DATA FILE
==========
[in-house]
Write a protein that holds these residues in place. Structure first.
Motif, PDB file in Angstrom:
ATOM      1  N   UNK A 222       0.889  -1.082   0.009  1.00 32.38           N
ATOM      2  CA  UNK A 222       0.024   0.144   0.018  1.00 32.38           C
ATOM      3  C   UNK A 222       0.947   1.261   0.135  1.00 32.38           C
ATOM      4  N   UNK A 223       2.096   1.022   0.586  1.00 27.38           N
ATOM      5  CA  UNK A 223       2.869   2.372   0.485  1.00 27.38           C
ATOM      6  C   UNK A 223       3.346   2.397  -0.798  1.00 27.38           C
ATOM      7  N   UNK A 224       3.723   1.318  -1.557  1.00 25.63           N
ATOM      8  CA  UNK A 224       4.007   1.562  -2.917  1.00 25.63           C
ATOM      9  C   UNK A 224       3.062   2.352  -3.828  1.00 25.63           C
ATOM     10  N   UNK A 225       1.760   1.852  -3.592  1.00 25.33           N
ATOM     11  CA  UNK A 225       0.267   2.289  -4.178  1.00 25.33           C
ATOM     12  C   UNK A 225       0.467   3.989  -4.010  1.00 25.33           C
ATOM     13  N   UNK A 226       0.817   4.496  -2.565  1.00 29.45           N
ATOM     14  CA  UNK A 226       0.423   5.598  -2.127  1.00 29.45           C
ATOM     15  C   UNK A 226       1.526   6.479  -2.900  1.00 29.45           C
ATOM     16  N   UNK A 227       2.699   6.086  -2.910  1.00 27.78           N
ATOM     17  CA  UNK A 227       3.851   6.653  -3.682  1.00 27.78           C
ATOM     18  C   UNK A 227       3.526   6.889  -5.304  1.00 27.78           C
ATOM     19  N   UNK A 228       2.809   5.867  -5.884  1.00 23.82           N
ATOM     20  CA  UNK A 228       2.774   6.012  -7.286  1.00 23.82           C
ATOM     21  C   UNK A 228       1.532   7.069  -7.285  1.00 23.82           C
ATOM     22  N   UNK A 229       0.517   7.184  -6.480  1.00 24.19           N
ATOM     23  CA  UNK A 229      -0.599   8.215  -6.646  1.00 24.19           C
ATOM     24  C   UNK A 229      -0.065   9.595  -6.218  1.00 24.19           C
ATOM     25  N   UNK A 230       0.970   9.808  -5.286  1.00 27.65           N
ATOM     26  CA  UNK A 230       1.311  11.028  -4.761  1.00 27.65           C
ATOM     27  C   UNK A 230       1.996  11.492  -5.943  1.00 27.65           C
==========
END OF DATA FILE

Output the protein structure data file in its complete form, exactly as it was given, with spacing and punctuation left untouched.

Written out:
[in-house]
Write a protein that holds these residues in place. Structure first.
Motif, PDB file in Angstrom:
ATOM      1  N   UNK A 222       0.889  -1.082   0.009  1.00 32.38           N
ATOM      2  CA  UNK A 222       0.024   0.144   0.018  1.00 32.38           C
ATOM      3  C   UNK A 222       0.947   1.261   0.135  1.00 32.38           C
ATOM      4  N   UNK A 223       2.096   1.022   0.586  1.00 27.38           N
ATOM      5  CA  UNK A 223       2.869   2.372   0.485  1.00 27.38           C
ATOM      6  C   UNK A 223       3.346   2.397  -0.798  1.00 27.38           C
ATOM      7  N   UNK A 224       3.723   1.318  -1.557  1.00 25.63           N
ATOM      8  CA  UNK A 224       4.007   1.562  -2.917  1.00 25.63           C
ATOM      9  C   UNK A 224       3.062   2.352  -3.828  1.00 25.63           C
ATOM     10  N   UNK A 225       1.760   1.852  -3.592  1.00 25.33           N
ATOM     11  CA  UNK A 225       0.267   2.289  -4.178  1.00 25.33           C
ATOM     12  C   UNK A 225       0.467   3.989  -4.010  1.00 25.33           C
ATOM     13  N   UNK A 226       0.817   4.496  -2.565  1.00 29.45           N
ATOM     14  CA  UNK A 226       0.423   5.598  -2.127  1.00 29.45           C
ATOM     15  C   UNK A 226       1.526   6.479  -2.900  1.00 29.45           C
ATOM     16  N   UNK A 227       2.699   6.086  -2.910  1.00 27.78           N
ATOM     17  CA  UNK A 227       3.851   6.653  -3.682  1.00 27.78           C
ATOM     18  C   UNK A 227       3.526   6.889  -5.304  1.00 27.78           C
ATOM     19  N   UNK A 228       2.809   5.867  -5.884  1.00 23.82           N
ATOM     20  CA  UNK A 228       2.774   6.012  -7.286  1.00 23.82           C
ATOM     21  C   UNK A 228       1.532   7.069  -7.285  1.00 23.82           C
ATOM     22  N   UNK A 229       0.517   7.184  -6.480  1.00 24.19           N
ATOM     23  CA  UNK A 229      -0.599   8.215  -6.646  1.00 24.19           C
ATOM     24  C   UNK A 229      -0.065   9.595  -6.218  1.00 24.19           C
ATOM     25  N   UNK A 230       0.970   9.808  -5.286  1.00 27.65           N
ATOM     26  CA  UNK A 230       1.311  11.028  -4.761  1.00 27.65           C
ATOM     27  C   UNK A 230       1.996  11.492  -5.943  1.00 27.65           C